Following an unprecedented crisis due to the pandemic, Poland’s recovery and resilience plan responds to the urgent need of fostering a strong recovery and making Poland future-ready. The reforms and investments in the plan will help Poland become more sustainable, resilient and better prepared for the challenges and opportunities of the green and digital transitions. To this end, the plan consists of 49 reforms and 53 investments. They will be supported by an estimated €23.9 billion in grants and €11.5 billion in loans. 42.7% of the plan will support the green transition and 21.3% of the plan will support the digital transition.

The transformative impact of Poland’s plan is the result of a strong combination of reforms and investments that address the specific challenges of Poland. The reforms address bottlenecks to lasting and sustainable growth, while investments are targeted at decarbonising the Polish economy, accelerating the digital transition and reinforcing Poland’s economic and social resilience. The plan also intends to strengthen important aspects of the independence of judiciary.  All reforms and investments have to be implemented within a specified timeframe, as the Regulation on the Recovery and Resilience Facility foresees that they have to be completed by August 2026.

The plan will foster economic growth and create jobs. It will lift Poland’s gross domestic product by 1.1% to 1.8% by 2026. This boost to the economy will bring up to 105,000 citizens into jobs. Poland will benefit significantly from the Recovery and Resilience Plans of other Member States, for instance through exports. These spill-over effects account for 0.2 percentage points of gross domestic product in 2026. This demonstrates the added value of joint and coordinated action at the European level.

 

When designing the plan, the Polish authorities consulted national and regional social partners and stakeholders, while pursuing a close dialogue with the Commission ahead of the formal submission of the plan on 3 May 2021. On 1 June 2022, the Commission gave its green light to the plan. The Plan was in turn adopted by the Council on 17 June, opening the door to its implementation and financing.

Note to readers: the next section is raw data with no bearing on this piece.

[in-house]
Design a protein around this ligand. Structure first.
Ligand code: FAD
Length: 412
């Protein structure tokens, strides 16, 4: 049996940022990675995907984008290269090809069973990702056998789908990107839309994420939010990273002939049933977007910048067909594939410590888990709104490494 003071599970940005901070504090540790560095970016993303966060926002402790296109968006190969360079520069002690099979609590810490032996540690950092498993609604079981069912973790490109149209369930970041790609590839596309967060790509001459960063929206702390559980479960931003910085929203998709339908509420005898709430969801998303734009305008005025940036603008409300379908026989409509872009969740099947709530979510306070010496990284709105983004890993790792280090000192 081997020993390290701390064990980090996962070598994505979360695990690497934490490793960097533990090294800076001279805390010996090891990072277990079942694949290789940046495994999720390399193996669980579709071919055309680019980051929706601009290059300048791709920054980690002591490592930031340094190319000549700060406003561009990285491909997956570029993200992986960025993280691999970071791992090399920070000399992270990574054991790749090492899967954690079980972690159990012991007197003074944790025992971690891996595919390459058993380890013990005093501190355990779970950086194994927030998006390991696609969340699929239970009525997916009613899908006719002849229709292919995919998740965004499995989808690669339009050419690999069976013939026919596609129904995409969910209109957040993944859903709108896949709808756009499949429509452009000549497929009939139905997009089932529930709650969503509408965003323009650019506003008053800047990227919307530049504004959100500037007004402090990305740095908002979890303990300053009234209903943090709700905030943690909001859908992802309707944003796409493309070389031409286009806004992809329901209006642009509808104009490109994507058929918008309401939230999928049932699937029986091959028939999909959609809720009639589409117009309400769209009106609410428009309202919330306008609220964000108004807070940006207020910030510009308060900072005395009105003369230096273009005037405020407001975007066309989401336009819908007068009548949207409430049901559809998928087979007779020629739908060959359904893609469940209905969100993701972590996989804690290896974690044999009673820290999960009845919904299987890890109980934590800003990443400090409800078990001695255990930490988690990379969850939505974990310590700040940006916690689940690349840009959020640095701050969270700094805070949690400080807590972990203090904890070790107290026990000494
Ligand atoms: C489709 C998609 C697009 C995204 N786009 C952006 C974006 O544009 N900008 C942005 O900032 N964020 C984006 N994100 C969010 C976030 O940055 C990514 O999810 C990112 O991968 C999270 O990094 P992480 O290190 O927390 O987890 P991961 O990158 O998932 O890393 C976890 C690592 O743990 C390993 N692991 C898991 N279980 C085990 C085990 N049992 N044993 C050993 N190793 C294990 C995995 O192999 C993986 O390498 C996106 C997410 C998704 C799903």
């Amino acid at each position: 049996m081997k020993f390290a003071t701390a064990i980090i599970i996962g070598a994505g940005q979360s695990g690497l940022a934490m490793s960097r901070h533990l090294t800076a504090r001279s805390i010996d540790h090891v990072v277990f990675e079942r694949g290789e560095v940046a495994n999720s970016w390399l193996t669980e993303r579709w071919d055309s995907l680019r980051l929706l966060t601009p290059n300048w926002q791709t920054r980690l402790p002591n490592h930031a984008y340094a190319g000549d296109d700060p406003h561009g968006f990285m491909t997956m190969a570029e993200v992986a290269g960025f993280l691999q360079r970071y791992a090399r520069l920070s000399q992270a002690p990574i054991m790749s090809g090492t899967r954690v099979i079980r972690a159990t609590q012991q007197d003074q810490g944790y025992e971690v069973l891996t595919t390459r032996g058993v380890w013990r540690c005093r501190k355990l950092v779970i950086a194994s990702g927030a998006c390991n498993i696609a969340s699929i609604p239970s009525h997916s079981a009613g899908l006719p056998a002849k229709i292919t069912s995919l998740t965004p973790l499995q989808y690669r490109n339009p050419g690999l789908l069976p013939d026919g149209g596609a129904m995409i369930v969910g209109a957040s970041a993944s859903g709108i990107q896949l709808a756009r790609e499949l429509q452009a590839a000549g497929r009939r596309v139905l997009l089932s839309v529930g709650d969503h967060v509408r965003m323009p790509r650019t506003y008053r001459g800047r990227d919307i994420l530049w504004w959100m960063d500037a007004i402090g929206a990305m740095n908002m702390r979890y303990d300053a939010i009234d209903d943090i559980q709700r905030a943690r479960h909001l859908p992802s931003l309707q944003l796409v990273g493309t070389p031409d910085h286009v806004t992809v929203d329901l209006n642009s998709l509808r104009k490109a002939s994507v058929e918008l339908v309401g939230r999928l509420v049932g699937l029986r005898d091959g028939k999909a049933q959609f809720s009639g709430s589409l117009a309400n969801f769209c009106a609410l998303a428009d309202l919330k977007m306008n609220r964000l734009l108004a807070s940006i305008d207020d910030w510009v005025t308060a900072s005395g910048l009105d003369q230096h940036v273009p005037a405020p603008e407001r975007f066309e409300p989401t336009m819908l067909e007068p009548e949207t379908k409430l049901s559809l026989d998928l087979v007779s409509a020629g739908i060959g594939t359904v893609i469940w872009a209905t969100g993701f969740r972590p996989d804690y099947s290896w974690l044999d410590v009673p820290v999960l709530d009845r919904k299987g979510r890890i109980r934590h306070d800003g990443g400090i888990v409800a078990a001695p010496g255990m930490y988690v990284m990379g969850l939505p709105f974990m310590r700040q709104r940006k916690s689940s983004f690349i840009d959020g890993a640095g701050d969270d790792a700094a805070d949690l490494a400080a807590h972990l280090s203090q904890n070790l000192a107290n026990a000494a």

Green transition

In the area of climate and environmental policies, Poland faces the challenge of decarbonisation of the Polish economy and developing sustainable transport.

VIsit to Poland

Key measures for the green transition

The plan supports the green transition by contributing to increasing the share of renewable energy in the energy mix. This includes more than €3.7 billion in funding for offshore wind energy plants and terminal infrastructure, as well as key changes to the regulatory framework, which will facilitate the construction of onshore wind energy plants. The plan also foresees a reform to eliminate bottlenecks for imports of electricity. Moreover, the plan dedicates €3.5 billion to the energy-efficient renovation of buildings and provides €800 million to support the development of green hydrogen technologies.
The plan also includes investments worth over €7.5 billion in green and smart mobility.

Example project: Upgrade of Poland’s electricity grid and digitalisation of the power system

The plan supports the upgrade of Poland’s electricity grid and the digitalisation of the power system by contributing €300 million to the expansion and modernisation of high-voltage power lines and the development of an electricity market data hub. It will help Poland integrate more renewables, including from the country’s first offshore wind farms that the plan also supports. The energy data hub will enable the development of new innovative services in the electricity market, bringing together the green and digital transitions.